Updated: Aug 22, 2018
By Loret Haas-Hanser
In a utopian society, the prospect of disease has been eliminated. Millions of lives are stolen by disease every year, three million of which could be avoided through vaccines. Although some are preventable, contracting a disease can be random and has the potential to obliterate life as a whole. Fortunately, research and studies throughout the past few decades have illuminated hope for curing or immunizing against some diseases. As uplifting and promising as that may sound, it is an incredibly overbearing process that begins with searching for any possible insight within a diagnosis.
In April of 2018, Julie Burel and Bjoern Peters analyzed optimal criteria to design a process in which diseases could be stopped in their tracks as soon as they are diagnosed. Transcriptional signatures, or gene signatures, are combined groups of genes that code for a unique gene expression. Some gene expressions may prove to be disease-specific, and could then give scientists a formula for vaccinating, curing, or treating diseases. Burel and Peters studied prognostic and predictive gene signatures in relation to the development and diagnosis of tuberculosis (Mycobacterium tuberculosis). Tuberculosis is a highly infectious bacterial disease that impacts the lungs, and it can be extremely serious. Prognostic and predictive transcriptional signatures in relation to tuberculosis focus on the outcome, course, and predictive biomarker of the tuberculosis-specific genomic sequence.
In other diseases such as HIV, there is a fairly legitimate prognosis involving receptors interacting with the human genome through transcription and integration of a specified gene. Peters and Barrel have been attempting to analyze transcriptional disease signatures by implementing three main steps: collecting data from patients infected with latent and active tuberculosis, analyzing gene patterns, and analyzing and comparing data. By evaluating individuals impacted by tuberculosis and cross-listing those collected data with unaffected individuals, some interesting findings have come to light. The first significant finding is a three gene signature and a connection to a BATF2 (protein coding) gene. Most interestingly, though, a 16-gene signature was found that was able to predict the risk of tuberculosis changing from the latent form to the active form in infected individuals. Similar gene transcriptions are found in sarcoidosis, an autoimmune disease that impacts the collection of inflammatory cells in lymph nodes.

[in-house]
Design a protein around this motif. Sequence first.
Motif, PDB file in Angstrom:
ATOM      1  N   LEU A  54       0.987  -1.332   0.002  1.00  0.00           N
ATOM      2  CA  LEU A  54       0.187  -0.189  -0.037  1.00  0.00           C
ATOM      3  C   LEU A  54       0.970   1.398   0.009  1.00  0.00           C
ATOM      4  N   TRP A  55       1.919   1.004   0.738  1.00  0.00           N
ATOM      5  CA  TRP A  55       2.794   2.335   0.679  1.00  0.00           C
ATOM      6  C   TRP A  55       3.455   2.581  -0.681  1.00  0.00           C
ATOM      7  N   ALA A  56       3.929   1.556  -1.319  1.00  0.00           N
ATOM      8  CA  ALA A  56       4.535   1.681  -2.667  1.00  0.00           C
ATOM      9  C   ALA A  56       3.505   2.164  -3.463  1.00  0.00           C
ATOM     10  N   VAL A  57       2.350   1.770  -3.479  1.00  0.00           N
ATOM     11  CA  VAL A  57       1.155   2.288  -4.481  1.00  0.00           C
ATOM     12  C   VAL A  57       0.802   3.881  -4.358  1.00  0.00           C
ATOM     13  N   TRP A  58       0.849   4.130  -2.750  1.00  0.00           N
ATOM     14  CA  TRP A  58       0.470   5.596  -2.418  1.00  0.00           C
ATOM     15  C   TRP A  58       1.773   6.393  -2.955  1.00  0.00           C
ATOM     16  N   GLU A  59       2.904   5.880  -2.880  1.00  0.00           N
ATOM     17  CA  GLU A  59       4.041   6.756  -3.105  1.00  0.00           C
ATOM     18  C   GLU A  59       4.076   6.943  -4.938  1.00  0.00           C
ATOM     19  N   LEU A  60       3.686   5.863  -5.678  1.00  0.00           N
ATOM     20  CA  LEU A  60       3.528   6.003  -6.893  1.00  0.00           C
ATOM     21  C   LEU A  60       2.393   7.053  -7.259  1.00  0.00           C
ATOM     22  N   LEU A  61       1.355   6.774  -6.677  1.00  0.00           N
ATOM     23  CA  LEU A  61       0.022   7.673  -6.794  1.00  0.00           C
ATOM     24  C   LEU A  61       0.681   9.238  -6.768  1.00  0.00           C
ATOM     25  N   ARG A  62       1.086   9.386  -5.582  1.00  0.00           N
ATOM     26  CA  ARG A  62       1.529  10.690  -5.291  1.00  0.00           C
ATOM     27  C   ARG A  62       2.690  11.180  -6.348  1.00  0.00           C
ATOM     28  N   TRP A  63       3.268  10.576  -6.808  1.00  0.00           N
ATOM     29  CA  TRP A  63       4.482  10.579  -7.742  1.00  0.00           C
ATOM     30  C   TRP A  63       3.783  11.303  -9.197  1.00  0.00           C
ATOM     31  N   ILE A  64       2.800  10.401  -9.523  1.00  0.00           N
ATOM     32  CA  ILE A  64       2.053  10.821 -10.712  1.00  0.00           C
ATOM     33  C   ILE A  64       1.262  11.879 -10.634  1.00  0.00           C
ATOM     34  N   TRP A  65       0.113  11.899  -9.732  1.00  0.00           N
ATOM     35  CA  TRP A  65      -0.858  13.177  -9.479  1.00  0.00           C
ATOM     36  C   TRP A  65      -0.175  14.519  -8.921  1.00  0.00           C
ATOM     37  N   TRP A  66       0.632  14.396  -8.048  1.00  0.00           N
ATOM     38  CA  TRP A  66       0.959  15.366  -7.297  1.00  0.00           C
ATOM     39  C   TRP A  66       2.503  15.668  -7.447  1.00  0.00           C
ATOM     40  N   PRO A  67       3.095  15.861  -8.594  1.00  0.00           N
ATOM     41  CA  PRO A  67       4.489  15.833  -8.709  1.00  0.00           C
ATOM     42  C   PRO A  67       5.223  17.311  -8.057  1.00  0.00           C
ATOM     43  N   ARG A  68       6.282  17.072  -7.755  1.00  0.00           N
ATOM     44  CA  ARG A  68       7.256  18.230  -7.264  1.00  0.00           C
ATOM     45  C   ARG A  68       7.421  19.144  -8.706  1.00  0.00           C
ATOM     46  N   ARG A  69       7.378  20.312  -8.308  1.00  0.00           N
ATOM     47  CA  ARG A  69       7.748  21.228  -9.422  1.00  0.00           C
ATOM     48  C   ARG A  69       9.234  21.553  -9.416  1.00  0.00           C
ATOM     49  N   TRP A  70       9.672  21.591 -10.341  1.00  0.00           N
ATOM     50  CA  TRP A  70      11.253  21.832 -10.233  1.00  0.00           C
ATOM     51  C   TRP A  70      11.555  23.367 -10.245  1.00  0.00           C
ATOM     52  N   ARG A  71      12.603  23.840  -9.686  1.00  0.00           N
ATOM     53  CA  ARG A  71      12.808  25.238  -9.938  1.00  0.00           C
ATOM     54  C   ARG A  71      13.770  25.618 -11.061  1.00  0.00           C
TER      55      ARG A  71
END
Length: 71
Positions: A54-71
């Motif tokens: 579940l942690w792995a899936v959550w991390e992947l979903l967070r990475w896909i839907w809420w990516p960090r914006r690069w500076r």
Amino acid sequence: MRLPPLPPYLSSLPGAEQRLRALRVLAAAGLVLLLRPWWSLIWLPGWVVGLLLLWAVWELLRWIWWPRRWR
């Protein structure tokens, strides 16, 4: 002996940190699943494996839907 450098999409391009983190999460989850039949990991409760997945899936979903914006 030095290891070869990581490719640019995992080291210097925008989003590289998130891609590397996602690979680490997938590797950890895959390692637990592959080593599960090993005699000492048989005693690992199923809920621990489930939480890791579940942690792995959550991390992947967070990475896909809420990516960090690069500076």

Studying gene transcriptions and the relationship between active disease and gene expression is a revolutionary field of study in modern science. Antivirals, immunizations, beta-blockers and other forms of disease-targeting medications have saved thousands of lives. However, people across the globe are still being haunted by the prospect of morbidity. Studying how diseases form and impact the human body before dangerous signs of infection could trigger major breakthroughs in modern medicine. Analyzing gene transcriptions makes diagnosis easier and faster, and therefore could be use to track, control and eventually eliminate a disease. We are lucky to have the ability and technology that make such revolutionary ideas as the eradication of disease a future possibility.
Burel, J. G., & Peters, B. (2018). Discovering transcriptional signatures of disease for diagnosis versus mechanism. Nature reviews: Immunology.